We went into London Stadium knowing that West Ham had lost three on the bounce. What’s more, we knew that Man City and Tottenham had already crashed out. One of Man U or Newcastle would also be out by evening’s end. We went into halftime down just 1-0 with Man U losing 0-2. Yes, Liverpool has advanced, but this cup was looking more and more like low-hanging fruit, and it’s a shame that we let it slip through our fingers.
We just didn’t have enough to cope with Moyes’s all-too-predictable strategy of soaking up pressure and hitting on counter-attacks. Mohammed Kudus, whom I implored Arteta to sign, was instrumental as our midfield was overrun. Jorginho was clearly not up to the task, not that he got much help from Zinchenko tucking in to try to create those overloads. Zinchenko is increasingly turning into our squad’s Alexander-Arnold. Going forward, he’s quite good and occasionally sublime. In defense, though, opponents are finding altogether too much joy in exploiting the space his inverted role creates on the wing—and that’s a problem compounded by the fact that Zinchenko is not a strong 1v1 defender.
Indeed, it was Zinchenko’s failure to deal with a long ball from long ball forward from Aguerd to Kudus, whose superb first touch bamboozled the Ukrainianv and whose second flew past Ramsdale, who hardly bathed himself in glory. From 2-0 down, it felt like there was no coming back.
To be frank, I really think Arteta dropped the ball here, if not with his Xi then with his too-late adjustments and substitutions. When we find ourselves thinking, “Moyes’s men are running rampant,” that should raise all sorts of red flags. Moyes is the mind of guy who thinks he’s living on the edge by shunning the handrail while on an escalator. Seeing that we were getting cut open too often on counters, Arteta really should have sent Rice and Tomiyasu on for the second half instead of waiting until almost the hour-mark. By the time they joined the fray, it was already all over but for the singing and shouting, and Rice had to endure a half-hour of jeers and boos. That West Ham scored a third shortly after his introduction only salted the wounds.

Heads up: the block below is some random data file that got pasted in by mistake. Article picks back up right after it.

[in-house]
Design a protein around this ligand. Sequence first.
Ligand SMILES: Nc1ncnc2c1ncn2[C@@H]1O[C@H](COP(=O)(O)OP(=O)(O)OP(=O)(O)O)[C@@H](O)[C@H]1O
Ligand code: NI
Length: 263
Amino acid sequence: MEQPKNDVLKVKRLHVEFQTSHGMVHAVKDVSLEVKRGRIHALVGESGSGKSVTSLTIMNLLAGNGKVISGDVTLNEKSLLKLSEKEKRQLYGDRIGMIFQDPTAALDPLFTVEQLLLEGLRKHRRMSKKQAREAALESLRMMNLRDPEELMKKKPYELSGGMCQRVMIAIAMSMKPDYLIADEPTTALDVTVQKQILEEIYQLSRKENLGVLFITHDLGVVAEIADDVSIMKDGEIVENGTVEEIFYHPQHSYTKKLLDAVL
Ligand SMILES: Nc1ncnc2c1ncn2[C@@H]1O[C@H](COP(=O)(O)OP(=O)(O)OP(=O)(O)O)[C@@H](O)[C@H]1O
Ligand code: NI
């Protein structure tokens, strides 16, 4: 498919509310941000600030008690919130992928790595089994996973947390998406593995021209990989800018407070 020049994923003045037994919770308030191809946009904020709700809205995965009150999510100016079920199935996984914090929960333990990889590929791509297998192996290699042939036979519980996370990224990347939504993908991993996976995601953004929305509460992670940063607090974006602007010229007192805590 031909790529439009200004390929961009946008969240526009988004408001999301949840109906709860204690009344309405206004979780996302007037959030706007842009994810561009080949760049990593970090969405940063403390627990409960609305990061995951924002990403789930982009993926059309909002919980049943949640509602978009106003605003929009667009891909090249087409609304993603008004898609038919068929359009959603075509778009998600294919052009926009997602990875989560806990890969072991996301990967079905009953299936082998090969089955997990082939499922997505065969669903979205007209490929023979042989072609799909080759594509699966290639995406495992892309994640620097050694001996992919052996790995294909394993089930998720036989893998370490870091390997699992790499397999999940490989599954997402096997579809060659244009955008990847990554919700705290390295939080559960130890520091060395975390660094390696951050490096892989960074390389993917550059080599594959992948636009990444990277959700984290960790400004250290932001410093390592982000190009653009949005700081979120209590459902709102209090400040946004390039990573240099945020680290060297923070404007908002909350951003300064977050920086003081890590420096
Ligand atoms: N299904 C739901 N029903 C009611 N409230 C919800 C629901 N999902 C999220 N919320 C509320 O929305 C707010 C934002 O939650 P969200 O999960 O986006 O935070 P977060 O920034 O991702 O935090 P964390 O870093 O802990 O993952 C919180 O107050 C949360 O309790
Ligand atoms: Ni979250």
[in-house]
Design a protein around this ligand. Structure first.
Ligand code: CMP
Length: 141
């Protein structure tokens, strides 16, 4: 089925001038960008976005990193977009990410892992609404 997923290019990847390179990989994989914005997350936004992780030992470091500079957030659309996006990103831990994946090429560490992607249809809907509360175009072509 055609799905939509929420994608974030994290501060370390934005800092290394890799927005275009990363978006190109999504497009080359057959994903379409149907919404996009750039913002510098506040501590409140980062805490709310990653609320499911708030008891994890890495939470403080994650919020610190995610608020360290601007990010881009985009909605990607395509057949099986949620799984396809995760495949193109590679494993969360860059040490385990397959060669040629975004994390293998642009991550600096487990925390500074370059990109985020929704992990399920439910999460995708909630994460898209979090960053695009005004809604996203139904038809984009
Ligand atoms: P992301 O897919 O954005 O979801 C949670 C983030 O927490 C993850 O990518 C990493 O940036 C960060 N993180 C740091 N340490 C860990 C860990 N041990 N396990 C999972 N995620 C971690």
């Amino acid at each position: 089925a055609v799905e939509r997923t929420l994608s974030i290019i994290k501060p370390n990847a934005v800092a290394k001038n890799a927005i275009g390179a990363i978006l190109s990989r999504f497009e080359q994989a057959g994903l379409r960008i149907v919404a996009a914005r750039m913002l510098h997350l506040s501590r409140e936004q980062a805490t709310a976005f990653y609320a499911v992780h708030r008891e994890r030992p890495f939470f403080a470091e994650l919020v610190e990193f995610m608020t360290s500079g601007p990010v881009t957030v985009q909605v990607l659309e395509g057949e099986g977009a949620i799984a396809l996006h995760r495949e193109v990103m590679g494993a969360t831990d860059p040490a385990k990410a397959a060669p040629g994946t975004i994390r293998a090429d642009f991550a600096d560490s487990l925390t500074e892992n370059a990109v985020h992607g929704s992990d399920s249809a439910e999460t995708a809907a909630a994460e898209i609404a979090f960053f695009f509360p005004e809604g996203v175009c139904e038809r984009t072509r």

In the end, we can console ourselves and rationalise about how it’s “just the Carabao Cup,” a piece of silverware not really worth fighting for…but it’s silverware all the same, and our chance at winning it had grown quite a lost by halftime. In the end, to quote Arteta, “we have to use the pain on Saturday,” If he had looked past this fixture to prioritise the trip to St. James’s Park, it didn’t quite pan out. We still finished the match with Rice, Saka, Martinelli, and Ødegaard on the pitch with nothing to show for it except for maybe the fact that Ødegaard looked much livelier than he’s looked for weeks.
If this result does in fact fuel a more-furious performance when we travel north to play Newcastle, enough fury to come away with all three, then this result may have been worth it. Even if Newcastle have some injury dilemmas, even if they’ve not matched the impressive pace they set from last season, this was always going to be one of our most-difficult fixtures, highlighted by the fact that they blitzed Man U at Old Trafford (even if that is becoming quite commonplace these days).
We’re left hoping that we enough time to lick our wounds and rise to the next challenge. While it may be true that Newcastle will be without Tonali and Isak and may be without Barnes (plus a few fringe players), they showed that they still have more than enough to go into Old Trafford and thrash Ten Hag’s side. We’ll be without Smith Rowe, Partey, and Jesus (and Timber, of course). We’ll have our work cut out for us, so I hope Arteta is more prescient after this fixture than he was prepared beforehand. A win—or, to be honest, a draw—would represent a significant if not massive step forward for our tilt at the Prem title.